"Truffle oil" (which, legally, should not bear that name) is always 100% chemicals and 0% truffle. Anything of the name claiming to be otherwise can only be fraud.

              1. re: Ptipois

                And whilst it may be chemicals there are good ones and less good ones and a little sprinkle can make simple mashed potatoes something special so no need to dismiss it because it's "not real".

                It was over used by chefs a few years ago but that doesn't mean it should be dropped.

                1. re: PhilD

                  I agree. It is not a bad product per se.
                  One should be careful not to overuse it, and as I wrote above, it is meant as a truffle enhancer, not as a truffle substitute.

                2. re: Ptipois

                  Oops, not being a cook, I thought truffle oil was just olive oil with macerated truffle. Which you can get at PPP.
                  "Huile obtenue par macération de la truffe noire fraîche de provence (Tuber Mélanosporum) dans l'huile d'olive vierge extra."

                  1. re: Parnassien

                    It may be written on the bottle, but it is chemically unlikely. Unless it was in the cold section with "keep in a refrigerated place" and a clear "use by" mention with a short shelf life.
                    Not to mention the fact that olive oil + black truffle don't go well together (competing aromas), but that is another story.

                    You can't dry truffles. You can't squeeze oil from them (they don't contain any). You can't macerate fresh truffles in oil except for short-term home use (and it would cost an arm and a leg, spoiling perfectly good truffles that should be used fresh), and you certainly can't macerate canned truffles in oil — do the math.

                    It has nothing to do with being a cook — truffle is probably the ingredient that suffers the most nonsense, in words or in practice, and as the ingredient gradually disappears, the nonsense gets worse. As a matter of fact there is going to be an entire book about the subject out by November.

                    Walnut oil is a different matter but I can't think of a brand name. I usually get it in the production region, from the producer, generally in unlabeled bottles. If I can't taste it first, I don't buy it. There are plenty of commercial walnut oils out there that just taste bad.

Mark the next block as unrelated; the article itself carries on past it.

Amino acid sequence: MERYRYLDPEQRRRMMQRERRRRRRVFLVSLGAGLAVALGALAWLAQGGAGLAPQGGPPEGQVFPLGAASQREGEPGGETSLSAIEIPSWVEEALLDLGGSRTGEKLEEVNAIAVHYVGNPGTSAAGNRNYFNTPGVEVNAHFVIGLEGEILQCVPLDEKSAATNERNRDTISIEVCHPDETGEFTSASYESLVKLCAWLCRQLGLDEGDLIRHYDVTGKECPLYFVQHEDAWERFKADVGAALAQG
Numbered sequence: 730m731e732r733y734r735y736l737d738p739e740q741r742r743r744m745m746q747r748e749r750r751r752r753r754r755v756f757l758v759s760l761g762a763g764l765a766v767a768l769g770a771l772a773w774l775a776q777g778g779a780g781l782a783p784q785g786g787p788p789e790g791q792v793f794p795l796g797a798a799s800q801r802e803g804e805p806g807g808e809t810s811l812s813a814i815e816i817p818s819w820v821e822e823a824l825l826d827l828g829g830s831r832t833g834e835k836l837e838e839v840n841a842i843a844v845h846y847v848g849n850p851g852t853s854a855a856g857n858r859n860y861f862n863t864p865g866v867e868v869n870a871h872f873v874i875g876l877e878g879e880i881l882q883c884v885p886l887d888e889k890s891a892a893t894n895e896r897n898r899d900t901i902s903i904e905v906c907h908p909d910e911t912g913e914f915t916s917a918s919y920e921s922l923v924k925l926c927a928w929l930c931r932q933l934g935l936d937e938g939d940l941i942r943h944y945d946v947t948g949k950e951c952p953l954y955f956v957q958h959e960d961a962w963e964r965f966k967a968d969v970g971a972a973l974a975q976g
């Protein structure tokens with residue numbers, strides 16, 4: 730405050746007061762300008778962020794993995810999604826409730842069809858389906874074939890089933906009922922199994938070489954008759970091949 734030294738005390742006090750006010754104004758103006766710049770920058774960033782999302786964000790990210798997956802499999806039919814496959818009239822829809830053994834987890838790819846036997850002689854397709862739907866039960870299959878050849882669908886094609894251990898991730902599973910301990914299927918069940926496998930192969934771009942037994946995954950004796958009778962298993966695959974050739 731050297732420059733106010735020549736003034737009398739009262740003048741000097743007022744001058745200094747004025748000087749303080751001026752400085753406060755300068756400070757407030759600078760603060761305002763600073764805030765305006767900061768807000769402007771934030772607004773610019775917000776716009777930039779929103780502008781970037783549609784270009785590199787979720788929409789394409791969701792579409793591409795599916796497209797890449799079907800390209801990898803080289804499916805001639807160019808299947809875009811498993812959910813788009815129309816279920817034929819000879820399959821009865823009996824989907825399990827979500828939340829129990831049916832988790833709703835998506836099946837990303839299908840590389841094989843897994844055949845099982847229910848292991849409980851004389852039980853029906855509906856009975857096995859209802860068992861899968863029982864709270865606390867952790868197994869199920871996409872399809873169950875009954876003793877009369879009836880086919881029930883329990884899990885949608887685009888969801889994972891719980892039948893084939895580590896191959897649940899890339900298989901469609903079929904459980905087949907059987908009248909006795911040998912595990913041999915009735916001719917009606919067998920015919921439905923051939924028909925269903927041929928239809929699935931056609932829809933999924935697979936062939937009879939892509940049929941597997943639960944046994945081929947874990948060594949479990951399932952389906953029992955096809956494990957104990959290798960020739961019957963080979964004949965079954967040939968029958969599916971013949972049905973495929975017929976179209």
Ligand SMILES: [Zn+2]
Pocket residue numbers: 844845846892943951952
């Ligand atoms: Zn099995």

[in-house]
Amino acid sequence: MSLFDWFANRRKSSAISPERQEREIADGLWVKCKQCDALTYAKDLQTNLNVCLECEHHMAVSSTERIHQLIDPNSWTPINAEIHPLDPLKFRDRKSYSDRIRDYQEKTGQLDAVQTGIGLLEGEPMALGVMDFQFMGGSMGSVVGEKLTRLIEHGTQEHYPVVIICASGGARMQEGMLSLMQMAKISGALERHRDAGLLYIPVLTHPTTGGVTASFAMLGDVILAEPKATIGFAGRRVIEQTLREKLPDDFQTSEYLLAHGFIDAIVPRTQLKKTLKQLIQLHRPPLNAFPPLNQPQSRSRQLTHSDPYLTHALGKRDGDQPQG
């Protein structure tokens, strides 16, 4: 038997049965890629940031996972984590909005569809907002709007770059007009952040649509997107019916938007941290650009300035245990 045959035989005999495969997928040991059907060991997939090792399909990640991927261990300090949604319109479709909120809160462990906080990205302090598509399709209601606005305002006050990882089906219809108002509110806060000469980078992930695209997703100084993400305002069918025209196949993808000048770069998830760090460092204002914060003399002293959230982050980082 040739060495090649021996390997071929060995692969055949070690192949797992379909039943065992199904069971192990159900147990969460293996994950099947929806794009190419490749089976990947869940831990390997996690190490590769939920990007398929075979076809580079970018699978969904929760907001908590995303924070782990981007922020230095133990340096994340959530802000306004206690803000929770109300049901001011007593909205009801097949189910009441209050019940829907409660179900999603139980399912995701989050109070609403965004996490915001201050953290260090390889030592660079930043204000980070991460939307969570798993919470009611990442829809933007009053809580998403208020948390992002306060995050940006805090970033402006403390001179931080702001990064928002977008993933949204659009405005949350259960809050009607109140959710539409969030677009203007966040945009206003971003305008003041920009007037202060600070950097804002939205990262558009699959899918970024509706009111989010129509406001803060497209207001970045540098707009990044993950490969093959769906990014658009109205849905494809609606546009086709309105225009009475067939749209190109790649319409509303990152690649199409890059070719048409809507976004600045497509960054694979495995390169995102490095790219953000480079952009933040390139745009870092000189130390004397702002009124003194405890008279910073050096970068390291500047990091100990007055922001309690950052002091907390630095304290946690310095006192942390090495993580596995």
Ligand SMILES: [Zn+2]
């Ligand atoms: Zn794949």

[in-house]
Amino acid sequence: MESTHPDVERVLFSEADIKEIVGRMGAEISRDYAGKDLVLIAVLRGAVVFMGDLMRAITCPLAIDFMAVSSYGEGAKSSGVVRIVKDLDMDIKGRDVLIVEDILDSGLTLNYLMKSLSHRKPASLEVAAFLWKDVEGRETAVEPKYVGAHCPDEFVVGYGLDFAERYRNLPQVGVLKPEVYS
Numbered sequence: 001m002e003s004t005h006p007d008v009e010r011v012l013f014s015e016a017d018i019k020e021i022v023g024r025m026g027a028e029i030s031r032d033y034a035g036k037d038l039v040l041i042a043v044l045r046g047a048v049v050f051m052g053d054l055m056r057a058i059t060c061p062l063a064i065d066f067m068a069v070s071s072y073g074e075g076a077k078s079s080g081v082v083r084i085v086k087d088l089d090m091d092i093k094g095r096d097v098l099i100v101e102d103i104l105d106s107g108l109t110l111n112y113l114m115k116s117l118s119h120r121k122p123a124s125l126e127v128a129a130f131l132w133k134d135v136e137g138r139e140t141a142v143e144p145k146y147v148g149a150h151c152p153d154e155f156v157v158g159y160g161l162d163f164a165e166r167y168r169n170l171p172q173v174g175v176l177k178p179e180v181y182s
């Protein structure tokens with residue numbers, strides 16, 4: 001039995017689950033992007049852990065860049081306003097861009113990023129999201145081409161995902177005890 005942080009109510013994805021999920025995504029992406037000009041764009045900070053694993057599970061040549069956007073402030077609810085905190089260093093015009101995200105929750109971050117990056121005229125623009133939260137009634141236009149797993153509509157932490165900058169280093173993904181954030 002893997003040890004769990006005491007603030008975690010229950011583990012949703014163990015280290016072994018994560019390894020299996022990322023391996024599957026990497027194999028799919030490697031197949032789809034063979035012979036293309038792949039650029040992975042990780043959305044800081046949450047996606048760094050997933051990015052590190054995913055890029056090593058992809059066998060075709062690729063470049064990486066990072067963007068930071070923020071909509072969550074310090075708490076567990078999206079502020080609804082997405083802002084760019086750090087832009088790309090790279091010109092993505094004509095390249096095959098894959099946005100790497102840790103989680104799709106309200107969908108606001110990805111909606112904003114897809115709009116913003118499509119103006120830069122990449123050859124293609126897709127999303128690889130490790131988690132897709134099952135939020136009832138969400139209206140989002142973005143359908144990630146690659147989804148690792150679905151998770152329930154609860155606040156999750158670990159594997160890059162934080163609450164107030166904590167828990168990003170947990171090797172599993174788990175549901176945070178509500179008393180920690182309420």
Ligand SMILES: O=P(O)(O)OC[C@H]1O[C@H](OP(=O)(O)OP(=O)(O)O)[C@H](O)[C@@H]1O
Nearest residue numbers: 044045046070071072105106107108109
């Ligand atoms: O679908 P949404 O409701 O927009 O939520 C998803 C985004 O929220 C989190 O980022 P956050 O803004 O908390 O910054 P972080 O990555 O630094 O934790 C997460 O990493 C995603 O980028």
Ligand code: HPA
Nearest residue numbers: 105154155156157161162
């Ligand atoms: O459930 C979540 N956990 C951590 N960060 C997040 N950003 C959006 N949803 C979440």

1. re: Parnassien

                      The repression des fraudes already can't keep up with ordinary olive oil that claims to be from provence. I doubt that oil has seen a truffle, but if it has, it got its flavor from the arome, not from the truffle.

                3. The walnut oil I use comes from California, but they also produce it in France. http://latourangelle.com/index.php/ro...

                  3 Replies
                  1. re: ChefJune

                    Thanks for a great discussion! Pti, your explanation makes perfect sense. I may seek out PPP while in Paris, but will look into Grand Epicerie, too, for "arome" which I HAVE noticed on certain bottles. Going into winter, I like to use a little of this oil on pasta/sometimes risotto. It's never a replacement for the "real thing," but I love the flavor. For eggs, I use truffle salt. Also to flavor toasted almonds. Thanks to you all.

                    1. re: ScottnZelda

                      And Pti, I'll be in the Dordogne next May and will try for walnut oil then, but need a small stock to keep me over winter. Thus, I need to buy in Paris, too. Any CH reccos?

                      1. re: ScottnZelda

                        "Dordogne next May and will try for walnut oil "
                        Ferme-auberge le Moulin à Huile de Noix in Martel, in northern Lot, which is practically the Dordogne, less than an hour's drive from Sarlat.
                        It's a walnul farm, duh. The farm-fresh food is also excellent. Must reserve.
                        Just the kind of place where Zelda would have flirted with the walnut farmer.